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The name 'Barham' came from Admiral Charles Middleton who was Lord Barham. He became the First Lord of the Admiralty at the time of Trafalger 1762-1813. He also worked with Admiral Horatio Nelson.
In 1944 at the Old Bailey, Helen Duncan went on trial under the Witchcraft Act as a possible danger to morale and security.
From THE TIMES Jan 1998
Mrs Duncan, the wife of an unemployed Cabinet maker, had given seances all over Britain during the 1930s and 1940s. Sceptics claimed that the medium used yards of cheesecloth to simulate the forms of spirit friends. But the incident which led to her eventual court appearance occurred in 1941 and featured the spirit of a dead sailor.
This time her wardrobe of props apparently included a hatband with the words HMS Barham.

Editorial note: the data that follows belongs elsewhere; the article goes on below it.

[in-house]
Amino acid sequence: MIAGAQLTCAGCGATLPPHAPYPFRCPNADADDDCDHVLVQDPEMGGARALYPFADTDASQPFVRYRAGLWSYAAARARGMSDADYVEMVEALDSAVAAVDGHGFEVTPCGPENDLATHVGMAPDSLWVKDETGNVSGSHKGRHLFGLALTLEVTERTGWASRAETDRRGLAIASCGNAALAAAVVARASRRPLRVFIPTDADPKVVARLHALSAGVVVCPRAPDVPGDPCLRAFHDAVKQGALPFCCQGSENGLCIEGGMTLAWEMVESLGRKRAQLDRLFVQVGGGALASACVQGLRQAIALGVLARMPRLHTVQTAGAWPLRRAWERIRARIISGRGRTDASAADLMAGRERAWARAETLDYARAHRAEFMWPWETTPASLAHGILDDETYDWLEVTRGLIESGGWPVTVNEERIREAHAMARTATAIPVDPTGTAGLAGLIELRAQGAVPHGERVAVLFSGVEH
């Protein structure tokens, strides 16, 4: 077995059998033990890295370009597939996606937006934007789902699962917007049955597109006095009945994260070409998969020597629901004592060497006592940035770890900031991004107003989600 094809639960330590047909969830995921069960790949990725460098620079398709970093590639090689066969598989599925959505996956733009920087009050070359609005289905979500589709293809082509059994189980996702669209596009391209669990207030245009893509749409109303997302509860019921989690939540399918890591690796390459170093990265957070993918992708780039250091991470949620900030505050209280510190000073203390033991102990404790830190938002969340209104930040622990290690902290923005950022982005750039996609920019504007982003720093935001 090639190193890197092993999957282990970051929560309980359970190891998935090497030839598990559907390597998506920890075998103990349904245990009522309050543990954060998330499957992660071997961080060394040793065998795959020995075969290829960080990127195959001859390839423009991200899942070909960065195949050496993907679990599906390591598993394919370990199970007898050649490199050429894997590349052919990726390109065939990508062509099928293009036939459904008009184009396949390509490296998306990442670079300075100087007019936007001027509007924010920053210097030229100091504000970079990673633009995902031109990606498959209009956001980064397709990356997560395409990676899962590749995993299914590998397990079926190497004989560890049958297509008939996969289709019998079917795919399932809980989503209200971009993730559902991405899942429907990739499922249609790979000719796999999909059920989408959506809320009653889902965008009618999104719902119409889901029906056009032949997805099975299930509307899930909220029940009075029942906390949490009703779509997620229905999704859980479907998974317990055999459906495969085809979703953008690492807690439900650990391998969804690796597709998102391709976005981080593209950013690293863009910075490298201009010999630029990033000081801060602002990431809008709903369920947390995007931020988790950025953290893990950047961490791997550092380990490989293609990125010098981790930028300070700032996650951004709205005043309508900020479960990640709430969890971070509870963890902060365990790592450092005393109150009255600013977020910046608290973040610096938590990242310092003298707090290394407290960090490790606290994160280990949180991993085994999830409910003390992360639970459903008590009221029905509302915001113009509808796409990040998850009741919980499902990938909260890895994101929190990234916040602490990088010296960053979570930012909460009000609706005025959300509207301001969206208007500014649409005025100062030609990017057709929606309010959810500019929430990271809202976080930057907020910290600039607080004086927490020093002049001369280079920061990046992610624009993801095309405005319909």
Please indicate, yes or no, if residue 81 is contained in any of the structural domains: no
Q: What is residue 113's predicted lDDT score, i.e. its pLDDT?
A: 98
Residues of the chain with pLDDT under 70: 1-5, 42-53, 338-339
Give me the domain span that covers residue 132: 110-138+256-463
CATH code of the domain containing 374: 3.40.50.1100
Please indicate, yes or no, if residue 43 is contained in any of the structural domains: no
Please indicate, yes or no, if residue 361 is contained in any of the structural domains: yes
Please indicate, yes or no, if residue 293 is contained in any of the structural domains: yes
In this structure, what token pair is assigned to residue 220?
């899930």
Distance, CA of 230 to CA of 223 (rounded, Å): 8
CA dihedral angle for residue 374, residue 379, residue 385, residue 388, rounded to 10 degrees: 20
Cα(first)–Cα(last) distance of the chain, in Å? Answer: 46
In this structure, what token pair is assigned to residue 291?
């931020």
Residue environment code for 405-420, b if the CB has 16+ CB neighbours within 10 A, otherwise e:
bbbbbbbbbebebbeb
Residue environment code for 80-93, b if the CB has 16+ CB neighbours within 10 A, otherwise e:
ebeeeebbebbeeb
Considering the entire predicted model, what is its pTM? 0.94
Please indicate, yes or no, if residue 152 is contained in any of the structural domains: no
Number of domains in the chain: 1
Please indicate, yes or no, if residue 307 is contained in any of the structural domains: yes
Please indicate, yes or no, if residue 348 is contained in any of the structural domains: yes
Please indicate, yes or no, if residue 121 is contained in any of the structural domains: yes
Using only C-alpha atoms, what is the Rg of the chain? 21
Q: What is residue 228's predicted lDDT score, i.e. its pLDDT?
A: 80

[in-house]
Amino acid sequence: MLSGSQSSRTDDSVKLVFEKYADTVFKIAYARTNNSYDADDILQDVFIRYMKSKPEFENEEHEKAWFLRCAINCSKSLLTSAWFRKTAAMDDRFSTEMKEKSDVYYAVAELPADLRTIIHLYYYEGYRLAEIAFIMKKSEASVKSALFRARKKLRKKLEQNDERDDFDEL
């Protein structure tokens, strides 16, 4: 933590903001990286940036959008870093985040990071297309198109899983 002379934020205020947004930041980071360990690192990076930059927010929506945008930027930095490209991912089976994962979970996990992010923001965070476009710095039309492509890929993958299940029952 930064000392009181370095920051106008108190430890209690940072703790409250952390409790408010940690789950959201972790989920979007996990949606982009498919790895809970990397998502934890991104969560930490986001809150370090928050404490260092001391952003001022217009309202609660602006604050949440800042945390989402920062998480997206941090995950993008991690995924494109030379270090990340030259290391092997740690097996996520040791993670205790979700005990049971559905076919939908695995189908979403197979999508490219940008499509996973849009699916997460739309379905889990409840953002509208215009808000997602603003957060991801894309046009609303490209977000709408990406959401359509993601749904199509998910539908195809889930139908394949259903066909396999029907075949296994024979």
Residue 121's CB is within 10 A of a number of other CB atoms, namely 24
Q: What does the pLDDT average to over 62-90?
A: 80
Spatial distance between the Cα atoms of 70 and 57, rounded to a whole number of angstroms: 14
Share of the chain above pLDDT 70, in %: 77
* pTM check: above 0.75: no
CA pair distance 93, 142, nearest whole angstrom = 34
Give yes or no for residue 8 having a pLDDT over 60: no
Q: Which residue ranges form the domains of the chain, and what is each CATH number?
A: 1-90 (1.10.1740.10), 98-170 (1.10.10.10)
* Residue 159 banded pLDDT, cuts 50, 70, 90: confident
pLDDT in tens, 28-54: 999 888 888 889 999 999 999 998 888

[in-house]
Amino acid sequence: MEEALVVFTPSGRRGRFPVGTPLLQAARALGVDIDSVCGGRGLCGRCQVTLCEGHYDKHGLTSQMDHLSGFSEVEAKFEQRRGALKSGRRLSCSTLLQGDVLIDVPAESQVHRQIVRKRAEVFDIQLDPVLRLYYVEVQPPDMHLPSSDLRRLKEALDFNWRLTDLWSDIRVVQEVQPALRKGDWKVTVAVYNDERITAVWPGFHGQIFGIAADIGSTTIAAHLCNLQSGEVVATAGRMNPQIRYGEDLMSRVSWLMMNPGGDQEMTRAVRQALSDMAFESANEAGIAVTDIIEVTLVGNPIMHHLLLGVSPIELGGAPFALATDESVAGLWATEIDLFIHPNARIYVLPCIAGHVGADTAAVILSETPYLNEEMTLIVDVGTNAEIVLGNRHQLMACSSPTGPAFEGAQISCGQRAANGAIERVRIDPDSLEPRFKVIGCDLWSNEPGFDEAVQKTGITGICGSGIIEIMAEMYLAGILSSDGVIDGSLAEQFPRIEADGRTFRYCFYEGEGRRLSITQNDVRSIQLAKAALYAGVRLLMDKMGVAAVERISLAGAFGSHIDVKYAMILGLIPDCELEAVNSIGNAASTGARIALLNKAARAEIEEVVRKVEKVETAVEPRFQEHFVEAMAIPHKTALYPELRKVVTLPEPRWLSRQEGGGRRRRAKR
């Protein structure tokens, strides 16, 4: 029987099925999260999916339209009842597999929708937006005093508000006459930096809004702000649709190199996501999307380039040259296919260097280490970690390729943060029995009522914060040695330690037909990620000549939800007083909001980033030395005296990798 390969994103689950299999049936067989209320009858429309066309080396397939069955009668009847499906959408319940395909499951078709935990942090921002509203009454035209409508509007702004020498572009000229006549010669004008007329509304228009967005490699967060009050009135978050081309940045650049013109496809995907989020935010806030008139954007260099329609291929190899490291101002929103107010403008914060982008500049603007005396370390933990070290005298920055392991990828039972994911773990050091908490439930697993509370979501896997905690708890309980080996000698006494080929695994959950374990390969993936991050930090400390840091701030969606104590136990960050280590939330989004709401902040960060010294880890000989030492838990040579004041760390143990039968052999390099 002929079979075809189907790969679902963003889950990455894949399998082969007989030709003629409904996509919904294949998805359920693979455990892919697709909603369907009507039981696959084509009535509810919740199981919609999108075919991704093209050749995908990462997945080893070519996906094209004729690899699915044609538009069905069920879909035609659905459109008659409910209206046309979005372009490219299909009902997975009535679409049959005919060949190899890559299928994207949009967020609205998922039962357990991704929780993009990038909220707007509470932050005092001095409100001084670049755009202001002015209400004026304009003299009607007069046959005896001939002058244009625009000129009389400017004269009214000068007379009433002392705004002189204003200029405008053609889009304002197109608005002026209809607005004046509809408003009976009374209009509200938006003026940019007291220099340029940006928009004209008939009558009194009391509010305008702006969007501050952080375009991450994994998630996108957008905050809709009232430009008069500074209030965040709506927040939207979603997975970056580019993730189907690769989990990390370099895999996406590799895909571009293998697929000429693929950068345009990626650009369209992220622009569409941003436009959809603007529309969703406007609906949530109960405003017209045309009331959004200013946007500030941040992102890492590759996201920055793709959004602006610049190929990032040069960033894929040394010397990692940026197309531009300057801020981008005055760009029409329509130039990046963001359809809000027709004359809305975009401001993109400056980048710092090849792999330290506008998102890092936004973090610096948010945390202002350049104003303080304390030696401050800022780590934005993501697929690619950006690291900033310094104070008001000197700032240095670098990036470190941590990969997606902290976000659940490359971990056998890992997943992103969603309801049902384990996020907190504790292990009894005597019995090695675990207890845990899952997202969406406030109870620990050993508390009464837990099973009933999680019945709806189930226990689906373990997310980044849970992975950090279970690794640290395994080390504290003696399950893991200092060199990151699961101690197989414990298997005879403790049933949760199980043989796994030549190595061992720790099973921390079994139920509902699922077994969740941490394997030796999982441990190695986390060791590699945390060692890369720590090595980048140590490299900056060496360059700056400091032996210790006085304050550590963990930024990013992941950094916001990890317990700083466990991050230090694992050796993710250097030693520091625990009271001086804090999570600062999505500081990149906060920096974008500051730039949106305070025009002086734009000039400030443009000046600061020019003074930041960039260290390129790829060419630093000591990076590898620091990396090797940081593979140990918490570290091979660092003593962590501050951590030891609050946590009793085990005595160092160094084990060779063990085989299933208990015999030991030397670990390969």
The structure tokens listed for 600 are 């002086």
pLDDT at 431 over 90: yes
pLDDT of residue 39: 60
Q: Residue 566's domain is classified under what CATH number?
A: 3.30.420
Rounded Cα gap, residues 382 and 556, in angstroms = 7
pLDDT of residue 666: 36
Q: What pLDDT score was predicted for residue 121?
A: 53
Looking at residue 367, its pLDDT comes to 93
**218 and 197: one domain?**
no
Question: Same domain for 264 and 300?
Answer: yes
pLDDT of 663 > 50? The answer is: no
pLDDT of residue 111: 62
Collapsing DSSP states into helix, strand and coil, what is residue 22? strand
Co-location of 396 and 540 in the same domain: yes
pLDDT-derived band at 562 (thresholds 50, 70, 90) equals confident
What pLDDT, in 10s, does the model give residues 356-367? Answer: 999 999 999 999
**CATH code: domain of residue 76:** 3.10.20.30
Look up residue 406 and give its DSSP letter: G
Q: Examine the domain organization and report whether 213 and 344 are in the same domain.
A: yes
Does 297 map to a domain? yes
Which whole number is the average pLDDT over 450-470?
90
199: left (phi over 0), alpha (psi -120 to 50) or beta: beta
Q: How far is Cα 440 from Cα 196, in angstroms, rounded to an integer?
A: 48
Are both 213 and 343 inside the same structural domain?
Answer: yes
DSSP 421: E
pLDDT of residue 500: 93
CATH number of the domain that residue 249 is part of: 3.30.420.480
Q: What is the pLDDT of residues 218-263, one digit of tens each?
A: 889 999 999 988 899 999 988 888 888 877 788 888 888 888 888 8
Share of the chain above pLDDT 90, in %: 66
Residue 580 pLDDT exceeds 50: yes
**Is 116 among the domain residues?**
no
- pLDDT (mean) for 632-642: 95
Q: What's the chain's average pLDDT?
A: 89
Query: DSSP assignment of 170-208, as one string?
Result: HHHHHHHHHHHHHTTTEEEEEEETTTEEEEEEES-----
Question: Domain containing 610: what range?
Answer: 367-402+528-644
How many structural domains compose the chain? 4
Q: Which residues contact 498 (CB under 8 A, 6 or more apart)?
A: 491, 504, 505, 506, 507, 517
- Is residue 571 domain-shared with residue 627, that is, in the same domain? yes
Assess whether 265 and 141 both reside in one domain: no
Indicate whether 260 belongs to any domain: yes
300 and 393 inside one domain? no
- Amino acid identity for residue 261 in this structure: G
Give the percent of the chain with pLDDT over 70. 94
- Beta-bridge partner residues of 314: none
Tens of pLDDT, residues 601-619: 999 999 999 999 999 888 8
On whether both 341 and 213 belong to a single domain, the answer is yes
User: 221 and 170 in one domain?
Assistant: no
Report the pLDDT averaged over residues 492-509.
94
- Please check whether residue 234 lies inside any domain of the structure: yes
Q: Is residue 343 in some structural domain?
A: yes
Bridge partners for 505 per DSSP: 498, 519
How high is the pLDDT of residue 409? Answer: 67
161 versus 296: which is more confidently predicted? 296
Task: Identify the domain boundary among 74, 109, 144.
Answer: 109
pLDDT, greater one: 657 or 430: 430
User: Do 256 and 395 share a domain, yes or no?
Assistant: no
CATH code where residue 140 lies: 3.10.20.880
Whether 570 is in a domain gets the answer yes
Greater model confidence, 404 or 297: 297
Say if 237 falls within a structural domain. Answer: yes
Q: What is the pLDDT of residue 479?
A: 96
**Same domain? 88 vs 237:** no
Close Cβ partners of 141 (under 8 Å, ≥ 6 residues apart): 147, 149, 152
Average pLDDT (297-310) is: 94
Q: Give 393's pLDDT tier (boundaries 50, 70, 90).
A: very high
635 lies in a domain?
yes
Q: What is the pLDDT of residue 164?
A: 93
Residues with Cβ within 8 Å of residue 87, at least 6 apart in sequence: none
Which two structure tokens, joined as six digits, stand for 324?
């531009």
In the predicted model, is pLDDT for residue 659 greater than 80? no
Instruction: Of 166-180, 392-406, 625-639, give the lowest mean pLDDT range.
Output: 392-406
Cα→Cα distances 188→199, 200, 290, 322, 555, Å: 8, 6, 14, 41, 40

The Sailor is alleged to have said; "My ship has sunk" At the time, the Admiralty suppressed the news of the ship's destruction off Malta in order not to shake public morale.
The trial made Mrs Duncan the most famous spiritualist of her time and even provoked an intervention by Winston Churchill over the seven-day hearing which grabbed headlines and drew crowds who packed the public gallery.
Churchill sent a note to the Home Secretary demanding a report on the Witchcraft Act under which she had been prosecuted and the cost of the case, which he dismissed as "obsolete tomfoolery to the detriment of necessary work in the court".
After the Barham incident the authorities became alarmed and feared she would reveal the beaches chosen for the D-Day landings, and the was detained.
Churchill ensure that the antiquated law was never used again. In 1951, afer his return to power, the Witchcraft Act was repealed and replaced by the Fraudulent Mediums Act.
Read a story about Helen Duncan on the BBC website here.
| last updated:
13 July 2013